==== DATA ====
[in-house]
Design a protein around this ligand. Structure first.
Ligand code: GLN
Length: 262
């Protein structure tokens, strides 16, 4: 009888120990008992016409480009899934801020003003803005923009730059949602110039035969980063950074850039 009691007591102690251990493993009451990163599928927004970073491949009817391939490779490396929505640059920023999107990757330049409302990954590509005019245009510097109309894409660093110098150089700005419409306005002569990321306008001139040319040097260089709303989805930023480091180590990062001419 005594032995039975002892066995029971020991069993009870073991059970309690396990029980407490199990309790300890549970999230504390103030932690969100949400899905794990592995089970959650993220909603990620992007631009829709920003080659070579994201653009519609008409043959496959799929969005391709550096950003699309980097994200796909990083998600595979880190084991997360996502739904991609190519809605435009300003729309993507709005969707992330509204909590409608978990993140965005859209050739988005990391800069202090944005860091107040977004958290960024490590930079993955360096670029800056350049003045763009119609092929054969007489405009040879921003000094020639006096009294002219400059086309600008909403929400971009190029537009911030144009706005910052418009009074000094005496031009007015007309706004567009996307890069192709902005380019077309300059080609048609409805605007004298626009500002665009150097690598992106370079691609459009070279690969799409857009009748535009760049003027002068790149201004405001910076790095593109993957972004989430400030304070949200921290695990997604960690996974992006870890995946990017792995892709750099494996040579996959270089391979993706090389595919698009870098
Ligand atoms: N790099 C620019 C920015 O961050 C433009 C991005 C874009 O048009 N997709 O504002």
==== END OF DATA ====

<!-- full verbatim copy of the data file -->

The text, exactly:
[in-house]
Design a protein around this ligand. Structure first.
Ligand code: GLN
Length: 262
């Protein structure tokens, strides 16, 4: 009888120990008992016409480009899934801020003003803005923009730059949602110039035969980063950074850039 009691007591102690251990493993009451990163599928927004970073491949009817391939490779490396929505640059920023999107990757330049409302990954590509005019245009510097109309894409660093110098150089700005419409306005002569990321306008001139040319040097260089709303989805930023480091180590990062001419 005594032995039975002892066995029971020991069993009870073991059970309690396990029980407490199990309790300890549970999230504390103030932690969100949400899905794990592995089970959650993220909603990620992007631009829709920003080659070579994201653009519609008409043959496959799929969005391709550096950003699309980097994200796909990083998600595979880190084991997360996502739904991609190519809605435009300003729309993507709005969707992330509204909590409608978990993140965005859209050739988005990391800069202090944005860091107040977004958290960024490590930079993955360096670029800056350049003045763009119609092929054969007489405009040879921003000094020639006096009294002219400059086309600008909403929400971009190029537009911030144009706005910052418009009074000094005496031009007015007309706004567009996307890069192709902005380019077309300059080609048609409805605007004298626009500002665009150097690598992106370079691609459009070279690969799409857009009748535009760049003027002068790149201004405001910076790095593109993957972004989430400030304070949200921290695990997604960690996974992006870890995946990017792995892709750099494996040579996959270089391979993706090389595919698009870098
Ligand atoms: N790099 C620019 C920015 O961050 C433009 C991005 C874009 O048009 N997709 O504002």